Article

Problématique du contrôle et de la prévention de la coccidiose du poulet

ABSTRACT La coccidiose chez le poulet est une pathologie digestive causée par les sept espèces du genre Eimeria dont les plus pathogènes sont: E. tenella, E. acervulina, E. brunetti et E. maxima. Le cycle de vie des coccidies est direct et très court souvent réalisé en sept jours et qui débouche sur la formation des oocystes excrétés à travers les fèces. L’incidence économique de la maladie est estimée à 2,3 milliards d’Euro mondialement avec 70% des pertes attribuables à la coccidiose sub-clinique, difficilement perceptible, qui déprime le gain de poids vif corporel et l’indice de consommation alimentaire du poulet. L’utilisation du PCR (Polymerase Chain Reaction) permet d’identifier les espèces de coccidies par l’analyse du génome. Les mesures de prévention et de contrôle sont basées sur l’utilisation des anticoccidiens et des vaccins. Toutefois, les problèmes de résistance des coccidies aux médicaments, la présence de résidus médicamenteux dans les produits avicoles et la forme sub-clinique de la maladie engendrée par la réplication des coccidies vaccinales dans les entérocytes, constituent de graves menaces pour la filière poulet. D’autres moyens de lutte continuent de faire l’objet d’expérimentation à travers les plantes médicinales, et les vaccins recombinés. L’utilisation de la résistance naturelle aux coccidies de certains génotypes de poulet est une perspective envisageable qui peut définitivement mettre l’aviculture à l’abri des pertes énormes engendrées par les mesures de contrôle actuelles et la forme sub-clinique de la maladie.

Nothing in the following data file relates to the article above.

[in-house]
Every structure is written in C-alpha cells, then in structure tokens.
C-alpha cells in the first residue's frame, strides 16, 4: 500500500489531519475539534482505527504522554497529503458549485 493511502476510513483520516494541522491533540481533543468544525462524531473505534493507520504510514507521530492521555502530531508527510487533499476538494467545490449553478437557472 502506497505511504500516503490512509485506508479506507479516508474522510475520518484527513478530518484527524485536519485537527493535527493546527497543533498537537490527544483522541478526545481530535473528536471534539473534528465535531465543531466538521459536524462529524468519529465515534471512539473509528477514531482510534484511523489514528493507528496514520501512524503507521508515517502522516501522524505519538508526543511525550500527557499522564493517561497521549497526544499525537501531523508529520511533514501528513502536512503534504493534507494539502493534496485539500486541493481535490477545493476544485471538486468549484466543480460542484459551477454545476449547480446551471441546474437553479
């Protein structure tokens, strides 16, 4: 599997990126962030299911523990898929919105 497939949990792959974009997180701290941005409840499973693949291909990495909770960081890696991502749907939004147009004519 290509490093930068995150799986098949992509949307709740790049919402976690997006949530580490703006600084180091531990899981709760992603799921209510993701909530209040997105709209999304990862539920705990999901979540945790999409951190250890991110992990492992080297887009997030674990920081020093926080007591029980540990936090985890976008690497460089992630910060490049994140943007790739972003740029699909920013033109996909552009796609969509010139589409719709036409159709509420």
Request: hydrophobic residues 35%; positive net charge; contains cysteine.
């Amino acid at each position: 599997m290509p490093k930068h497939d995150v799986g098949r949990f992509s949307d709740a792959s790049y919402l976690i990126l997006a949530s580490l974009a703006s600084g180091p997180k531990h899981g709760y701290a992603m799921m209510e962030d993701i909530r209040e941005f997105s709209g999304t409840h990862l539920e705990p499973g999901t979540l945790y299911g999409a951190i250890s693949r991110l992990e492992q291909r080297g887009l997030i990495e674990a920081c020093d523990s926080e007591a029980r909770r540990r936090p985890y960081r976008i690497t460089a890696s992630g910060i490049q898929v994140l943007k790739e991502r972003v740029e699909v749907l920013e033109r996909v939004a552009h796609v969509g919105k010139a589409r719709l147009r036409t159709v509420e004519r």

Mots clés: Eimeria, anticoccidien, vaccin, plante médicinale, résistance naturelle.

0 Bookmarks
 · 
338 Views
  • [Show abstract] [Hide abstract]
    ABSTRACT: During chicken coccidiosis, the growth of the parasite in the intestinal epithelium cells leads to the development of host immune response. Cell-mediated immune mechanisms appear to be mainly responsible for the acquired resistance to disease. The action of two species of Eimeria, with two different intestinal localizations, on T-lymphocyte subsets was followed by fluorescent antibody cell-sorter analysis, locally at the intestinal site of the parasitic development and systemically in spleen and blood. An Eimeria acervulina infection, localized in duodenum, induced a significant increase in the proportion of CD4+ (up to 15%), CD8+ (up to 12%) and TCR gamma/delta (up to 6%) in the duodenal intraepithelial leucocytes (IEL) from day 4 to day 8 Pl, and an increase in the proportion of IgM+ cells (12%) on day 8. At the same time, the proportion of CD8+ cells dropped significantly in the blood and spleen (-5 to -10%) on days 4 and 6 Pl and then increased with the proportion of CD4+ cells on day 8. An E tenella infection, localized in caecum, increased the proportion of CD4+ cells on day 8 Pl (20%) and of CD8+ cells (10%) on days 6 and 8 Pl in caecal IEL. A negative or zero effect on the proportion of TCR gamma/delta + cells was observed as well as on the IgM+ cells. At the same time, the proportion of CD4+ cells dropped in the spleen on day 8 Pl (-10%) and that of CD8+ cells dropped in the blood on day 6 (-15%). In conclusion, Eimeria infection seems to rapidly induce, locally at the site of the parasite development, a dramatic modification of the proportion of T-cell subsets in IEL, accompanied by systemic variations that are generally opposing, in the lymphocyte populations. The timing of the changes seems to follow the phases of the parasitic cycle for the Eimeria species considered.